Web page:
Established in 1992, Arthacharya Foundation celebrates its silver jubilee
Arthacharya was started at a time when the whole of third world was going through a wave of structural adjustments introduced by the International Monetary Fund (IMF). Though these changes were expected to bring about positive results in the long term, the outcomes in the short term, particularly for the poor, were to
In brief, the anticipation was that poverty would increase in the short term unless actions were not introduced to mitigate the damage. It was quite natural in this context for the founders of Arthacharya Foundation to identify poverty alleviation as its
Focusing on poverty Arthacharya works only for the poor who are the most marginal in a community whether it is rural or urban but not for all its members irrespective of their socioeconomic standing. During the entire period of 25 years Arthacharya has been continuously in a learning curve where it has always tried to understand the changing nature of poverty which depends on diverse set of socio-economic and political variables.
Arthacharya has identified six different groups of poor in Sri Lanka as their priority communities that need to be focused on. They are the rainfed farmer families in the dry zone, who have no irrigation, urban slum dwellers, fishing communities along the coast, plantation communities of South Indian origin as well as the traditional communities sandwiched between plantations and Muslim communities displaced by the war.
The poverty reduction approach of Arthacharya offers microfinance as a key solution to the issue of poverty. Though the sustainable long-term solution is increase of incomes for the poor through microfinance, it simultaneously tries to address other interrelated issues such as nutrition and food security, environmental pollution, irrigation, water supply and sanitation as well as social issues such as high incidence of suicides in certain areas and private tuition.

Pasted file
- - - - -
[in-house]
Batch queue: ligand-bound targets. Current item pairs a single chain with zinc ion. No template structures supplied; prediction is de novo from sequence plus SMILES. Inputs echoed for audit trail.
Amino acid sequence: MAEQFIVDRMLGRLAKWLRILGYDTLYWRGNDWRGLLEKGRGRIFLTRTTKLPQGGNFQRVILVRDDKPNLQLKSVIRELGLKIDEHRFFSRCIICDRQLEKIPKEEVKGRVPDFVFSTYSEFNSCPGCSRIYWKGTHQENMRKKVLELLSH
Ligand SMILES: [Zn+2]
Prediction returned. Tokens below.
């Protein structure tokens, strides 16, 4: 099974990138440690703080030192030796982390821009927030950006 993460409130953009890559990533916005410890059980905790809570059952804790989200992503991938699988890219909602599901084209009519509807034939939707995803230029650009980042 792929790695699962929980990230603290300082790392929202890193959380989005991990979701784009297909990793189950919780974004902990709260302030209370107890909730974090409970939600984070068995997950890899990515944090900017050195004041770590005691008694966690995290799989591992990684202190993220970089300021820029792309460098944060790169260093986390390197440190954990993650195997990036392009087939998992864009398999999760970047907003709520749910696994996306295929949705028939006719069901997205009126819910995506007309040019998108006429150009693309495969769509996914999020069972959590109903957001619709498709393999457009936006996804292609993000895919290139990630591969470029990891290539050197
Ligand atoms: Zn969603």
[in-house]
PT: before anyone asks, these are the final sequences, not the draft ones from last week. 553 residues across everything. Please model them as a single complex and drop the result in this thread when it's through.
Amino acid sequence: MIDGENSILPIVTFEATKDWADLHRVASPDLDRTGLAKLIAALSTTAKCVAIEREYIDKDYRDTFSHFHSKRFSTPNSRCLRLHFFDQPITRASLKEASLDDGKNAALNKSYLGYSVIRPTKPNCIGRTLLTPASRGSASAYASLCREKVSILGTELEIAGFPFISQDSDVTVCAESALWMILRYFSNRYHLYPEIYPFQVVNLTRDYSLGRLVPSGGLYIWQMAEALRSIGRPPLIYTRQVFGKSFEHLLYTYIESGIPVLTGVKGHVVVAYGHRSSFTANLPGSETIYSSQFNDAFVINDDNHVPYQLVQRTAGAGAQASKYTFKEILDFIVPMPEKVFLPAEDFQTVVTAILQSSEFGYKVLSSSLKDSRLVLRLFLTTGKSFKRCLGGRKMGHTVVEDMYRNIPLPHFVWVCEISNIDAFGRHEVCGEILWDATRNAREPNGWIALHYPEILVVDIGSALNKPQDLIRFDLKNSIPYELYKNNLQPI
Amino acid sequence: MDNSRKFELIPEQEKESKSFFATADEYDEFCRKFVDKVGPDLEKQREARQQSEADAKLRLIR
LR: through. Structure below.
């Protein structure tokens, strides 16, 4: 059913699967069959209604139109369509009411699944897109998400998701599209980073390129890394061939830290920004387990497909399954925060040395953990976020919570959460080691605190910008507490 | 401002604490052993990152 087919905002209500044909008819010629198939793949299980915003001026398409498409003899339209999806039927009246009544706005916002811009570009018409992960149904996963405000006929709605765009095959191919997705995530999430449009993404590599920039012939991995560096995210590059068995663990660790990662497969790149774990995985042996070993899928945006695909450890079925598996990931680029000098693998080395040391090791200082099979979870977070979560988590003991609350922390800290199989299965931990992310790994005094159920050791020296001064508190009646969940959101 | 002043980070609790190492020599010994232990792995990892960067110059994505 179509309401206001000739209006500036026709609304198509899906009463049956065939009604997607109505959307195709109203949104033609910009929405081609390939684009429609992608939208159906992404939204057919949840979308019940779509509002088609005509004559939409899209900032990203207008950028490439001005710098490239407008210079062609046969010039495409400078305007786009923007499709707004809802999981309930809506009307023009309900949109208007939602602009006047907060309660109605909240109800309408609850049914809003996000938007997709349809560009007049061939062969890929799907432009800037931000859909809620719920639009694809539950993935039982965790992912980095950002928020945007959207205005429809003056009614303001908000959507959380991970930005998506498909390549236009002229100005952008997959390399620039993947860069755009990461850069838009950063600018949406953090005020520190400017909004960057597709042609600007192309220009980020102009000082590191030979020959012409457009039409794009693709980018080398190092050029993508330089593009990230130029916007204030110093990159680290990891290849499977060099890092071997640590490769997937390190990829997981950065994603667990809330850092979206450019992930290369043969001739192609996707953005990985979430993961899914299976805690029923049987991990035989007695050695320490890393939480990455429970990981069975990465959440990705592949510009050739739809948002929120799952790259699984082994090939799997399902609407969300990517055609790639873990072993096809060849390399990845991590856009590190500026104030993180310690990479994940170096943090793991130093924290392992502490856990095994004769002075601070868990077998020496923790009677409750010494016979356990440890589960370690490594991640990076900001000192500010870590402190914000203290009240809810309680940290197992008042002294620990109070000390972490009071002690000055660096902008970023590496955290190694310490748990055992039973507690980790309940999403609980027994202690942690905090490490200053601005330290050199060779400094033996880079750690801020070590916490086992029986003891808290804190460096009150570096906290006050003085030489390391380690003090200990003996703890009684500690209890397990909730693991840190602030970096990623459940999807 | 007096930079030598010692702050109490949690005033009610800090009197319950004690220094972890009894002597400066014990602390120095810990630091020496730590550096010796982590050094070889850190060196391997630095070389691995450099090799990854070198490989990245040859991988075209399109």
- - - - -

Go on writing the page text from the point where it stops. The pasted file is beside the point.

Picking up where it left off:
Arthacharya is pleased to announce that some of its programmes have developed to replicable models which even other institutions or programme could effectively replicate or learn from. Its microfinance programme functioning under Arthavida Intermediary Limited, which is the microfinance arm of Arthacharya, is completely a sustainable operation in financial terms. The participatory solid waste programme it introduced in Sri Lanka at the request of the World Bank 20 years ago is replicated today by many local authorities and NGOs. The vocational skills programme it developed is a low-cost operation bringing rapid results to many underemployed youth. While the food security programme has effectively established a process of activities to revalorize small millet cultivation which is the main livelihood activity of the most marginal farmers in the dry zone the suicide prevention programme is the only of its kind based on a social approach treating suicides in the dry zone as a public health issue.
Arthacharya operates today through 16 branch offices in eight districts with its head office in Ratmalana. Benefitting more than 300,000 poor in project communities it works with a staff of 160 of which 70 percent
During this period of 25 years the programmes of Arthacharya were supported mainly by CILCA International, Rabobank Foundation, Janasaviya Trust Fund, National Development Trust Fund and Sri Lanka Savings Bank, The World Bank, European Union, Asian Development Bank, UNDP, AusAID, Norad, CIDA, IDRC, USAID, ITDG, Etimos, GIZ, CHF International, Konrad Adeneaur Foundation, Ford Foundation, EFIM Foundation, Oxfam GB, Vebego Foundation, Cordaid and Wild
Also it worked in close partnership with the Housing and Urban Development Ministry, Agriculture Department, Central Environment Authority, Health Ministry as well as 16 Municipal Councils and Pradesheeya Sabhas.
Arthacharya has won a number of awards for the effective poverty reduction programmes that it has implemented. In the year 2000, Rabobank Foundation in the Netherlands selected Arthacharya as its best partner in the third world and awarded Dfl - 150,000 (US $ 100,000) in commemorating the centenary celebrations of Rabobank. In 2006 Microsoft selected it as one of the two best microfinance operations in Sri Lanka and awarded Rs.8 million.